See? Frozen in time. Even though she had no idea where I was and no way to get in touch with me and she was worried sick, Mama really should let it go. After all, I’ve got  Google Maps now. Which is helpful until they start using ridiculous directions like “East” or “West.”

I would love to hear your family stories, embellished or not. Leave a comment below and we can raise a glass of sweet tea (or whatever is in that container behind Granny’s kitchen door) together in honor of our families!

Y’all have a great day!

 

 

Pearls of Wisdom: The Skinny on Small Talk

I love being from the South.

I love the pace of life here. I love the words people use, and the way our humor combines exaggeration and (a touch of) sarcasm.

Southerners love words. We tend to play around with words and phrases in order to get our point across.  With the right combination, we can sum up an entire story in one phrase.  Or if we need a word that doesn’t exist, we have no problem declaring a new one into existence.

Conversations with Southerners take up time, because we have a formula of sorts that most of us use. And that formula begins with small talk. Now, I know some people despise small talk and see it as a waste of time. But it plays a very important role.  Small talk is approaching a conversation like you would a creek on summer day.  The water seems inviting, but you don’t just go jumping in without checking it out first.

How cold is the water? How fast is the current? And most importantly, are there any snakes around? (Always remember to check for snakes!)

Similarly, small talk allows you to ease into a conversation. It allows you to stick a toe in the water, so to speak, and see if you even want to jump in.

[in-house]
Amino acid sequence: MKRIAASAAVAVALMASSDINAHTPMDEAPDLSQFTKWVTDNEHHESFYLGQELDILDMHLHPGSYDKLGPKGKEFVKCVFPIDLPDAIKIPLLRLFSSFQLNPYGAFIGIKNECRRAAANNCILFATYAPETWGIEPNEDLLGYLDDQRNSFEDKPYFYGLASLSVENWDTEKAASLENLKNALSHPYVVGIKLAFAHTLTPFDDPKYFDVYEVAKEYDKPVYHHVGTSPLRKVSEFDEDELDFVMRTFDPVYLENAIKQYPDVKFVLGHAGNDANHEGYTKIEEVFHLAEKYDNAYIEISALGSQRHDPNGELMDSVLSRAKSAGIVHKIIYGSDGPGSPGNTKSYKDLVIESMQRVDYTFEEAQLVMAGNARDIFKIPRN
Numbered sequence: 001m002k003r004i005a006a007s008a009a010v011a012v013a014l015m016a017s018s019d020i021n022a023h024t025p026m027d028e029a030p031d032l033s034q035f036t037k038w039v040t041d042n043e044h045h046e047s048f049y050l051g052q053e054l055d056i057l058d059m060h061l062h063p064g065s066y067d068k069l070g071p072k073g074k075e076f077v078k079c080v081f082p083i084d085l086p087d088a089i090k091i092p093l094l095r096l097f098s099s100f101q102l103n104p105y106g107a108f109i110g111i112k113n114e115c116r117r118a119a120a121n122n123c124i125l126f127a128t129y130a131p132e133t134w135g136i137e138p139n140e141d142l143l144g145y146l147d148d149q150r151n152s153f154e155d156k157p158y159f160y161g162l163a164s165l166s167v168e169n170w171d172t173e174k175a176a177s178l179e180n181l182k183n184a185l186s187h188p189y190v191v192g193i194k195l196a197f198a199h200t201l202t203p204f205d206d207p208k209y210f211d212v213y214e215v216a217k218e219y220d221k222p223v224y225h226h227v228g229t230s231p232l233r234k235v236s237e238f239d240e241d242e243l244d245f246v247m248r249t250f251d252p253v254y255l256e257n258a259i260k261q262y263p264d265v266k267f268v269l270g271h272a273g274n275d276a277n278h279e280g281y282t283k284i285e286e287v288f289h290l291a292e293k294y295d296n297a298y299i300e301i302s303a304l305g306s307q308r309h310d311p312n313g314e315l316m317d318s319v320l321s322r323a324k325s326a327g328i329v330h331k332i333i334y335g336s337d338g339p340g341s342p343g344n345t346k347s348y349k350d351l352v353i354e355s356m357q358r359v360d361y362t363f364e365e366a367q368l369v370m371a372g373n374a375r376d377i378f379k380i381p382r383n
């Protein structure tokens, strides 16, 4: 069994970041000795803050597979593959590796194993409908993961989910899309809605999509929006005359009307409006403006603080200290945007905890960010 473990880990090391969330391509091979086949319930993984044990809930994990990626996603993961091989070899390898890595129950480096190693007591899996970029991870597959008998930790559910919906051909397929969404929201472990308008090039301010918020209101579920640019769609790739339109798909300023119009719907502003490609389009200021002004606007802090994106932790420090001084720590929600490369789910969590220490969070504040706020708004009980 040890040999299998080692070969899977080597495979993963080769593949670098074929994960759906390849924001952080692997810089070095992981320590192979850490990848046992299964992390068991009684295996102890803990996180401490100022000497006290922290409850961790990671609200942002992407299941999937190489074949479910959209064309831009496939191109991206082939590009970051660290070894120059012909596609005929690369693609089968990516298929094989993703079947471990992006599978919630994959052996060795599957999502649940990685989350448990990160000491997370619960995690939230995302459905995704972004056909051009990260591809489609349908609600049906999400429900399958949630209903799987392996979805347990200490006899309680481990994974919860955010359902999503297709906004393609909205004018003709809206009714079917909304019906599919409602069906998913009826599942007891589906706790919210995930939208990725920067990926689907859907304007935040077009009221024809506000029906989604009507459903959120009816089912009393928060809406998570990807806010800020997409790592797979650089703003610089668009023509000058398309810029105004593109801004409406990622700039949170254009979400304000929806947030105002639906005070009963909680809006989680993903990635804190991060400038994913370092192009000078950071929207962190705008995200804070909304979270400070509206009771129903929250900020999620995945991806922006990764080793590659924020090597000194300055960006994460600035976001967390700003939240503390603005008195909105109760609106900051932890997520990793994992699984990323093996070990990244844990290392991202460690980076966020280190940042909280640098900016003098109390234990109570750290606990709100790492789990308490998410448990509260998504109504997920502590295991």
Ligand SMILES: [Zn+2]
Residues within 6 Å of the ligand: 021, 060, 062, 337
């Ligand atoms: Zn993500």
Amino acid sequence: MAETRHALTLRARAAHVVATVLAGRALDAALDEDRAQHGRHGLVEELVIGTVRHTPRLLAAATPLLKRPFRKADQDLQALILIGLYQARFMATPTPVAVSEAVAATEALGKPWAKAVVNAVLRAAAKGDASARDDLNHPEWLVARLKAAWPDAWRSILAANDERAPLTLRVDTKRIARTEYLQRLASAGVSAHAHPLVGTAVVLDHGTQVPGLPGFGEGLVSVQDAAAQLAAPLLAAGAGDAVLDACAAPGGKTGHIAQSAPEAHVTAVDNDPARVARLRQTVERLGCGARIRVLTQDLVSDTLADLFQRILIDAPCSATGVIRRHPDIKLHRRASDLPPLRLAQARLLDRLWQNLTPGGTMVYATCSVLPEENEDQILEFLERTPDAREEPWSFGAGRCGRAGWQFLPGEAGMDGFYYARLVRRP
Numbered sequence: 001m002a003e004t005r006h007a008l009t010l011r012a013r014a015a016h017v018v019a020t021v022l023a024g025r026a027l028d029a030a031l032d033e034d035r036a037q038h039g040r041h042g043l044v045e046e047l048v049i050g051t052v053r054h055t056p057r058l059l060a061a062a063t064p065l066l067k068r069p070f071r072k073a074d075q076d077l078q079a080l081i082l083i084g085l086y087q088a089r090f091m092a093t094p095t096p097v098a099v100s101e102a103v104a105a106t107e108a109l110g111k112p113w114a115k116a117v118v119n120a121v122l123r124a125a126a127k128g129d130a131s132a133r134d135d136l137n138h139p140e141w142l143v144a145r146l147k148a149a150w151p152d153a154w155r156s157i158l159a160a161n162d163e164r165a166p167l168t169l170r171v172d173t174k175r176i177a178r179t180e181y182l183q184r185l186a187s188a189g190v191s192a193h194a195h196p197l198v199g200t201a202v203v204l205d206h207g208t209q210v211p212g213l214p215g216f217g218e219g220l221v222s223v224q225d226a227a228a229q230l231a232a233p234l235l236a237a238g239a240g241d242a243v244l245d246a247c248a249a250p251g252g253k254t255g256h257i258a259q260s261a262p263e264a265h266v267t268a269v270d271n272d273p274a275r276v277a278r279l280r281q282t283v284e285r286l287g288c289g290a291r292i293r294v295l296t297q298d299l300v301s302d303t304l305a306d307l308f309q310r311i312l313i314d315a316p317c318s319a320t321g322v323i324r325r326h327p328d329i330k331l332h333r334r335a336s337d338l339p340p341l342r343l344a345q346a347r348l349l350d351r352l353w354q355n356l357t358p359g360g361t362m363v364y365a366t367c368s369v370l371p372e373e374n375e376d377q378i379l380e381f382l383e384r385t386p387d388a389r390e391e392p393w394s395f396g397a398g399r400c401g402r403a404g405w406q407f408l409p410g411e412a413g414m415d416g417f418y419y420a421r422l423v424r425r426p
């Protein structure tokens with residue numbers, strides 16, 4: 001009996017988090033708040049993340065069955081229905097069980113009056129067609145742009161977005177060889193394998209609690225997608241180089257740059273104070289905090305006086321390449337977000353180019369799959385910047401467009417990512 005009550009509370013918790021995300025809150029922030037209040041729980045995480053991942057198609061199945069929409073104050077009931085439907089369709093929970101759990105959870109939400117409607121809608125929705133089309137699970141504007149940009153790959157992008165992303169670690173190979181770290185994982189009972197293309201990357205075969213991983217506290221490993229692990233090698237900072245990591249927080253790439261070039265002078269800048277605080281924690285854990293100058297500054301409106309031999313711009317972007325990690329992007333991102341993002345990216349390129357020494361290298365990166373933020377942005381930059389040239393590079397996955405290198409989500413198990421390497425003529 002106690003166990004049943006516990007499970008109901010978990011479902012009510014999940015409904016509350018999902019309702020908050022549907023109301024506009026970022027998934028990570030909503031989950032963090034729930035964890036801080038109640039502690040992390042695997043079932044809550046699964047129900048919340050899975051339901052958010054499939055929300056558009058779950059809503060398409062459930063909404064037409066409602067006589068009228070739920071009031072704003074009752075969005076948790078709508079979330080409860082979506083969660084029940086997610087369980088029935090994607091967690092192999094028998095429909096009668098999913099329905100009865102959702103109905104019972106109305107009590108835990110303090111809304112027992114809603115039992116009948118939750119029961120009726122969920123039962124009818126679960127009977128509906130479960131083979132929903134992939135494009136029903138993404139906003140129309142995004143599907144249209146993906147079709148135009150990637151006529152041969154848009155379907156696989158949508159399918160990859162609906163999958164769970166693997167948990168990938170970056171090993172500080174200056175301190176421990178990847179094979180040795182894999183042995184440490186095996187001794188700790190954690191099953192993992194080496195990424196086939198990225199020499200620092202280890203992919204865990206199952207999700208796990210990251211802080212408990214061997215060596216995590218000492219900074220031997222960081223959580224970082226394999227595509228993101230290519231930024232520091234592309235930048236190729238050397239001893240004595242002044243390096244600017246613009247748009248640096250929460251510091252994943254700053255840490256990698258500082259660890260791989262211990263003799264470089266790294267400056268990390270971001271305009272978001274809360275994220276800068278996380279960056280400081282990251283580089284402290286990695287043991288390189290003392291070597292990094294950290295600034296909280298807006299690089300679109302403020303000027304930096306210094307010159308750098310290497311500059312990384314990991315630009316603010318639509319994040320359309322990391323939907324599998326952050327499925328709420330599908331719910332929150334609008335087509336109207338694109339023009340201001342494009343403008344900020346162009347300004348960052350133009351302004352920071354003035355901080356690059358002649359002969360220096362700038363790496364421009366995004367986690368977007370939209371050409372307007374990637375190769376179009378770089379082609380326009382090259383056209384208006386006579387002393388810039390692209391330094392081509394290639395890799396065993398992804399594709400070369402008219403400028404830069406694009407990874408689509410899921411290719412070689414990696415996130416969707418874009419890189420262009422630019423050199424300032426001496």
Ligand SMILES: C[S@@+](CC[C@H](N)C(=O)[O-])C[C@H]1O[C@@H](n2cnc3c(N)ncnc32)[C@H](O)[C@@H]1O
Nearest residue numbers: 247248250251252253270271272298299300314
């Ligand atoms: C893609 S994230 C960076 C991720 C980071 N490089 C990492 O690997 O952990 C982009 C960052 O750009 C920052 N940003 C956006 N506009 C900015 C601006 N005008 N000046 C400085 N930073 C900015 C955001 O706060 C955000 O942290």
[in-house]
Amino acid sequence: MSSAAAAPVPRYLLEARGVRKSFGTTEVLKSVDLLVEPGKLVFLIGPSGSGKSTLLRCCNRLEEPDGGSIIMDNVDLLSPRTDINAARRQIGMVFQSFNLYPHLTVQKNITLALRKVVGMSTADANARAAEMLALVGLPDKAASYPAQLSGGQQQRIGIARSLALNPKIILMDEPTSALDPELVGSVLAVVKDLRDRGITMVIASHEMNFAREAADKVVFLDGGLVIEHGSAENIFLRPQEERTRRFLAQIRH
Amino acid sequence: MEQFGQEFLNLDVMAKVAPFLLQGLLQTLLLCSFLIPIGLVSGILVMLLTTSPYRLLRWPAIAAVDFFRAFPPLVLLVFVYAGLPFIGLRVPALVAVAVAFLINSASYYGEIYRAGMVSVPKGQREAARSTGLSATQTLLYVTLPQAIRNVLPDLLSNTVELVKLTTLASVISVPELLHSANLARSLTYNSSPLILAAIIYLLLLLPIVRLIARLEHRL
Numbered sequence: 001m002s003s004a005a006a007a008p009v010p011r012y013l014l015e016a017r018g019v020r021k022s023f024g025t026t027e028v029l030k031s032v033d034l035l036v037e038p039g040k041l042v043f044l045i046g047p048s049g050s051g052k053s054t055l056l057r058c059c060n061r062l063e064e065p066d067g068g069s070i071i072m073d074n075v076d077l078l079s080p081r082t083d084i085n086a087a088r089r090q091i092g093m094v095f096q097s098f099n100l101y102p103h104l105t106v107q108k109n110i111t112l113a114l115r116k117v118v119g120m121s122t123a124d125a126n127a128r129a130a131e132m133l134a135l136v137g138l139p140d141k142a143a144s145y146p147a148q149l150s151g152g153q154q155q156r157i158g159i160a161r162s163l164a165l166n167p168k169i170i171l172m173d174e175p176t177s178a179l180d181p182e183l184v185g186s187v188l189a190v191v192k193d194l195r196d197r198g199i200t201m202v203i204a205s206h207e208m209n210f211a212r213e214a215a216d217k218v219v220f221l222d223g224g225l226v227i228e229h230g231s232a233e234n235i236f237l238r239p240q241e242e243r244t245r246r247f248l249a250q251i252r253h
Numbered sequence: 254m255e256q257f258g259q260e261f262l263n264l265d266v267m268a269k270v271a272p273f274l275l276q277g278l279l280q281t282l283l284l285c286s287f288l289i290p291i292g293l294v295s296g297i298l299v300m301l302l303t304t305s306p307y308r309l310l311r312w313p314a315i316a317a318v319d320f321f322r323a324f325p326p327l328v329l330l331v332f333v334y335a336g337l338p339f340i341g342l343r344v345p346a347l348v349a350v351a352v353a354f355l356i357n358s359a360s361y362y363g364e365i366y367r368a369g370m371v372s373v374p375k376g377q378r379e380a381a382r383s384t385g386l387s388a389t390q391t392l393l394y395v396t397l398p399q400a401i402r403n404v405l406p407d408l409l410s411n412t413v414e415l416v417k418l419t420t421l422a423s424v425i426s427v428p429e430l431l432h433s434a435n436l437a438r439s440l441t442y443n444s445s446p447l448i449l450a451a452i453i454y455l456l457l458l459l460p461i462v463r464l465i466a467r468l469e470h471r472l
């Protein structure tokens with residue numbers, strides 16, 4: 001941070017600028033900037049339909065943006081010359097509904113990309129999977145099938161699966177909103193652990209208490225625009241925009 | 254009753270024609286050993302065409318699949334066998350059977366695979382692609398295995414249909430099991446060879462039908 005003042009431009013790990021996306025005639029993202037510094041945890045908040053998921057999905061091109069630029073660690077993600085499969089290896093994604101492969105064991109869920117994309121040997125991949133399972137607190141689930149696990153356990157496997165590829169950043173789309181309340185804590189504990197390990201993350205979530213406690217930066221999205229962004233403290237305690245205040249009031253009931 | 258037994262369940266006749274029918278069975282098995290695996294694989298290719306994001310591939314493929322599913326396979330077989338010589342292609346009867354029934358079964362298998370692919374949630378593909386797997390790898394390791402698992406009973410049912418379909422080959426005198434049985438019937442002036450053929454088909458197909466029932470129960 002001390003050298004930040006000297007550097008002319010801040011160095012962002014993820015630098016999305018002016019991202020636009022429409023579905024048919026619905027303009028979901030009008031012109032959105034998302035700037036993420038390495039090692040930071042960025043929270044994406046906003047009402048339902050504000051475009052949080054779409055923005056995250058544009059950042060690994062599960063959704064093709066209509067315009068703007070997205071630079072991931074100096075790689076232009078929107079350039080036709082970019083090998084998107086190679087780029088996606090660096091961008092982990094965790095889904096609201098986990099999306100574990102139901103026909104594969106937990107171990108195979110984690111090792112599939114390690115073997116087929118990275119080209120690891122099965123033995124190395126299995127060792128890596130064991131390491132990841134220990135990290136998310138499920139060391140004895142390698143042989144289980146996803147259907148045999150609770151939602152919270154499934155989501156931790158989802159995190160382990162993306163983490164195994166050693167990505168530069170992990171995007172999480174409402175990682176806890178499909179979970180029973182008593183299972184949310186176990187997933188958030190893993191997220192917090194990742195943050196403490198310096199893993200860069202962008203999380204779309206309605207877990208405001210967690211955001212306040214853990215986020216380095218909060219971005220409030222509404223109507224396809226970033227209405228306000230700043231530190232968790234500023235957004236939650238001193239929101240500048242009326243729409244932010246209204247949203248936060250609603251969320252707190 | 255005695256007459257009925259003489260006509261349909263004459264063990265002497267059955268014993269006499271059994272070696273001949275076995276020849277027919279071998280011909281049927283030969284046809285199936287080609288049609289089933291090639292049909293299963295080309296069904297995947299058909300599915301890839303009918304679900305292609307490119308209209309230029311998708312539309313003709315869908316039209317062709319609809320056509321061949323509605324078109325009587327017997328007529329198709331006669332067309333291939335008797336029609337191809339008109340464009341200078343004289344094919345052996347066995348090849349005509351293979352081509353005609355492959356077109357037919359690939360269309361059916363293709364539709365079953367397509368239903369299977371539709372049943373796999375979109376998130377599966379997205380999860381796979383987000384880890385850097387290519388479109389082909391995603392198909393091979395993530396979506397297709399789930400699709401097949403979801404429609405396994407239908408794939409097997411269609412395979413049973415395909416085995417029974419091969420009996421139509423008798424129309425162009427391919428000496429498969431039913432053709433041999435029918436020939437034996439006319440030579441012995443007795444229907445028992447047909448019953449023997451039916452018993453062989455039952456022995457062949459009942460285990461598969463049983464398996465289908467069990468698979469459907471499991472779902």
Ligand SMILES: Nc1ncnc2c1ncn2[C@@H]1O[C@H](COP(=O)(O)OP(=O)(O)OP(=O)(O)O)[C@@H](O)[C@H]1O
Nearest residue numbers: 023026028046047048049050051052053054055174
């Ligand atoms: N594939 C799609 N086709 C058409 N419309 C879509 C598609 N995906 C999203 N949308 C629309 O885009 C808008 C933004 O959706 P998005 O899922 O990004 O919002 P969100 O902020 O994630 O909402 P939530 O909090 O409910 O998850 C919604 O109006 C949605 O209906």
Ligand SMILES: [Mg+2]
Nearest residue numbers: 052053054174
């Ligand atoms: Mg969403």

Does the other person want to talk? Do we have time to talk? Is that person safe to talk to? (Always remember to check for snakes!)

If the answer to any of these question is no, we can stay on small talk until the cows come home.

However, if the conversation is moving alone fine and we don’t detect any snakes, we don’t mind going to a deeper subject. Sometimes it takes a while to get good and comfortable, but when we do go deep, treasures are found!

Personally, I am suspicious of people who don’t participate in small talk. They’re the ones who just jump into a conversation with a list of questions right after the hello. That’s like jumping into a freezing cold creek without wading in. It’s just too direct.

For example: You cannot jump in with “Why in the world was Tracie Sue wearing that skanky outfit at the Piggly Wiggly yesterday?” and get a real answer. It just won’t happen. It’s too direct.

However, if you ease into it, here’s what it might sound like:

“Hey!”

“How are you?”

“Tolerable. How are you?”

“Oh fine. How’s your momma and em?”

“They are doing fine. Bobby’s been fishing every morning since the time change.”

“Really? He catch anything?”

“Oh yeah. A good mess of fish! You know the time change has me all tired.”

“Me too. But I like it getting light later in the evening.”

“ Me too. Hey, how is Tracie Sue doing?”

A sympathetic shake of the head. “Bless her heart, she’s had such a hard time with that new baby. He cries all the time and she is just beside herself.”

“I saw her at the Piggly Wiggly yesterday.” One eyebrow is raised for effect.

“Oh my. She was wearing THAT outfit wasn’t she?”

“Yep.” The tone in which you say “Yep”  and breathe out implies the exact nature of said outfit.

“She’s just can’t seem to lose that baby weight. And you know that husband of hers…”

See? Wasn’t that much more fun than just jumping in and splashing around? Since you waded into the conversation all proper like, the information flows freely.

Small talk can also be extremely helpful in parenting. If you suspect your child has done something wrong but aren’t sure of the details, with a little creative small talk, you can get them to come clean. Never, ever give away that you were unclear on the details.

Every Southern Mama has a line to use after confessions to imply that she is omniscient and omnipresent. When I was a kid my Mama often said, “Honey, you can fool some of the people some of the time, but you can’t fool all of the people all of the time, and you can never fool your Mama.”

I’d love to know your thoughts on small talk, or your favorite “Mama quote.”

Ya’ll have a great day!